I will sail my vessel, till the river runs dry. Like the bird upon the wind these waters are my sky. I will never reach my destination
If I never try. So I will sail my vessel Til the river runs dry.

Tuesday, February 12, 2013

The Carpenter's Story

An elderly carpenter was ready to retire. He told his employer-contractor
of his plans to leave the house building business and live a more leisurely life with his wife enjoying his extended family.

He would miss the paycheck, but he needed to retire. They could get by.
The contractor was sorry to see his good worker go and asked if he could build just one more house as a personal favor. The carpenter said yes, but in time it was easy to see that his heart was not in his work. He resorted to shoddy workmanship and used inferior materials. It was an unfortunate way to end his career.

When the carpenter finished his work and the builder came to inspect the house, the contractor handed the front-door key to the carpenter. "This is your house," he said, "my gift to you."

What a shock!

What a shame!
If he had only known he was building his own house, he would have done it all so differently. Now he had to live in the home he had built none too well.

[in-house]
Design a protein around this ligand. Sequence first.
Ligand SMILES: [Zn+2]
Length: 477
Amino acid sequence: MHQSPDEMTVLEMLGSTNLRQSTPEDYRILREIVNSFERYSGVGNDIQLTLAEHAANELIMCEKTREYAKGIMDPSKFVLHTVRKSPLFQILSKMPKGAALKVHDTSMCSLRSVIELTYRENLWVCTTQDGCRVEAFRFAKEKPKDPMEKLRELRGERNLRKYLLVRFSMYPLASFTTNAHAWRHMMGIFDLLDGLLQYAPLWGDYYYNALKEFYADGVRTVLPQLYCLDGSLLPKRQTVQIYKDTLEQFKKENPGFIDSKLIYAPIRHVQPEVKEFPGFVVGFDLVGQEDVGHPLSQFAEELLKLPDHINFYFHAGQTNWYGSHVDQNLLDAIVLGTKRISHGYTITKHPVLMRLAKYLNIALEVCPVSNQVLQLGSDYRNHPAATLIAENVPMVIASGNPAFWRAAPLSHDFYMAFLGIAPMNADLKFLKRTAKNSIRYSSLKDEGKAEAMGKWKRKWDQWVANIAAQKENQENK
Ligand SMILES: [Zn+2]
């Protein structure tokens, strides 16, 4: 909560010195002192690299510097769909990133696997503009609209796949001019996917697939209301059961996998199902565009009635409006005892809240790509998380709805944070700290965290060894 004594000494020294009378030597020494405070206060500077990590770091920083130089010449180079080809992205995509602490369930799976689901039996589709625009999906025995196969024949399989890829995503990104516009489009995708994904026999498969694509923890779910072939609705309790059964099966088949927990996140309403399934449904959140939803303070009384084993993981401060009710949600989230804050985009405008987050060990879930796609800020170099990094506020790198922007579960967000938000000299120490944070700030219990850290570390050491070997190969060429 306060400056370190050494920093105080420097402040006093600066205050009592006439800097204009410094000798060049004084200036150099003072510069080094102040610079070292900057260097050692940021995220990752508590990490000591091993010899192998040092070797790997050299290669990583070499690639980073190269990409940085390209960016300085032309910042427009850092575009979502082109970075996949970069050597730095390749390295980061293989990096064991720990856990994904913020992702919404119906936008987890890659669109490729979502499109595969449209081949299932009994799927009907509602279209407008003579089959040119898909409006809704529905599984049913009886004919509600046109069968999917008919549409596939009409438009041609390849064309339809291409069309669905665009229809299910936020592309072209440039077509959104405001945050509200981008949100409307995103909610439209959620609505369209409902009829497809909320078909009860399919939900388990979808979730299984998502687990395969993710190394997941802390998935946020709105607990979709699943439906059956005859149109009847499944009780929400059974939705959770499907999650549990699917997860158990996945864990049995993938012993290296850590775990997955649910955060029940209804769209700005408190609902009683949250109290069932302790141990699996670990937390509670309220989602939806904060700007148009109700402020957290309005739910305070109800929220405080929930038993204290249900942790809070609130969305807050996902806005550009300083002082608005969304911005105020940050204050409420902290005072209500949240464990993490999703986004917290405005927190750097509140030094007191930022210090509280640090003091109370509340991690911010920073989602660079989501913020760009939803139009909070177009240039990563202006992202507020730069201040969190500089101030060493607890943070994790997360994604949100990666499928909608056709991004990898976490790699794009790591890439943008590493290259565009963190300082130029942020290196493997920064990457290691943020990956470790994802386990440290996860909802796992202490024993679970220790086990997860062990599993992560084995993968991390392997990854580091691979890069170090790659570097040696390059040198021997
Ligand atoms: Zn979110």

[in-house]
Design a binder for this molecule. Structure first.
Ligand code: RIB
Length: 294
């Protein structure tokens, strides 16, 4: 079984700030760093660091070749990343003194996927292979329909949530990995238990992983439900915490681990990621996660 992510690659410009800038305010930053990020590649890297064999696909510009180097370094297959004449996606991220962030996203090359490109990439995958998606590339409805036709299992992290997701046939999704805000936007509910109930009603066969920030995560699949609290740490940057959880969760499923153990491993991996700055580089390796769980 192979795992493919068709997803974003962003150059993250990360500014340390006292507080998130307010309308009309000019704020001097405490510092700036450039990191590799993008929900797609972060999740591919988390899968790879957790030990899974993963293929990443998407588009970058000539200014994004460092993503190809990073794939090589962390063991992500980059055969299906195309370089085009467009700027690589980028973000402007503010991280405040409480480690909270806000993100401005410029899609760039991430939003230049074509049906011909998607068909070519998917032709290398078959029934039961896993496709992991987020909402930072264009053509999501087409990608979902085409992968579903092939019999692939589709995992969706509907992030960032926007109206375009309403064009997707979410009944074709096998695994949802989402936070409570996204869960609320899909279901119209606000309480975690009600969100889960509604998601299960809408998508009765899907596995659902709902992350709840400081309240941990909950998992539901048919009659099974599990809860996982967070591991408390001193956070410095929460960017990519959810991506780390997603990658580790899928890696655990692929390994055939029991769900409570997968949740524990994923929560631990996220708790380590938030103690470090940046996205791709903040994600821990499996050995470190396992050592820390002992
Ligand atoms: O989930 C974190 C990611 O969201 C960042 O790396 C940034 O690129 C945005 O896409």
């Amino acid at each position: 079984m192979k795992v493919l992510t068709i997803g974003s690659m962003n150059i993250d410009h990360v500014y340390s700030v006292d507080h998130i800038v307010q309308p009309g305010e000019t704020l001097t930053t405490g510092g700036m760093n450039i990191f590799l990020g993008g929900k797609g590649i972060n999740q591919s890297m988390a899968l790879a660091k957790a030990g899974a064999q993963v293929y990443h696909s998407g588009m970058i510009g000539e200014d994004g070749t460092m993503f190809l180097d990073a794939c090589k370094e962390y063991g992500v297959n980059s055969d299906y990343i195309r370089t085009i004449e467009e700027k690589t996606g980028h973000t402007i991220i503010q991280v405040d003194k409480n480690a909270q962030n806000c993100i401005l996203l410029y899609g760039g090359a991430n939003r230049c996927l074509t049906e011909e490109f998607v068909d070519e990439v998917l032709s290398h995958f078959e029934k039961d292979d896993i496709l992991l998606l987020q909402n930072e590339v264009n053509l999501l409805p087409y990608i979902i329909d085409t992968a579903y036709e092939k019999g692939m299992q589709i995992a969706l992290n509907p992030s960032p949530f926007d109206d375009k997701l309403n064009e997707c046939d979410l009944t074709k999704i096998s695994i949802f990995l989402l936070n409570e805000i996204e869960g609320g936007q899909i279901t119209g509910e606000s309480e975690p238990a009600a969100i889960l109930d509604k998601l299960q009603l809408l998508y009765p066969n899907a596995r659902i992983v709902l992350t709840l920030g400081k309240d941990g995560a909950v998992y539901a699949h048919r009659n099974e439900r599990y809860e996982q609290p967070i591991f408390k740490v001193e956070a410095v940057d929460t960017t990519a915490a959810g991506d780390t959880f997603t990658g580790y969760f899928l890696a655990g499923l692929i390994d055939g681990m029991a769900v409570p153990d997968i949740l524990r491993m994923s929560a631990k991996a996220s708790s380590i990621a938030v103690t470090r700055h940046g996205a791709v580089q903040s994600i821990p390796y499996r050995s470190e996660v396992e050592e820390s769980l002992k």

So it is with us. We build our lives in a distracted way, reacting rather than acting, willing to put up less than the best. At important points we do not give the job our best effort. Then with a shock we look at the situation we have created and find that we are now living in the house we have built. If we had realized that we would have done it differently. 

Think of yourself as the carpenter. Think about your house. Each day you hammer a nail, place a board, or erect a wall. Build wisely. It is the only life you will ever build. Even if you live it for only one day more, that day deserves to be lived graciously and with dignity. The plaque on the wall says, "Life is a do-it-yourself project."

Your life tomorrow will be the result of your attitudes and the choices you make today.

Author Unknown

Sunday, August 26, 2012

Stop Being Too Hard On Yourself

By SC Chua for Yahoo! Southeast Asia
You never like what you see in the mirror. You are always telling yourself that you you're not good enough and that you shouldn't even bother. You get upset because you didn't go to the gym, ate that chocolate cake, and the list goes on.
Like it or not, we all have an inner critic who is the first one to put ourselves down and dish out the insults. "This is the voice of your Inner Mean Girl. She's negative. She's catty. She's judgmental. She compares your worst to everyone else's best," says Christine Arylo, author of Choosing ME before We and co-founder of Inner Mean Girl Reform School (www.innermeangirl.com), a series of programs that give women tools to transform their self-sabotaging patterns into new self-empowering habits.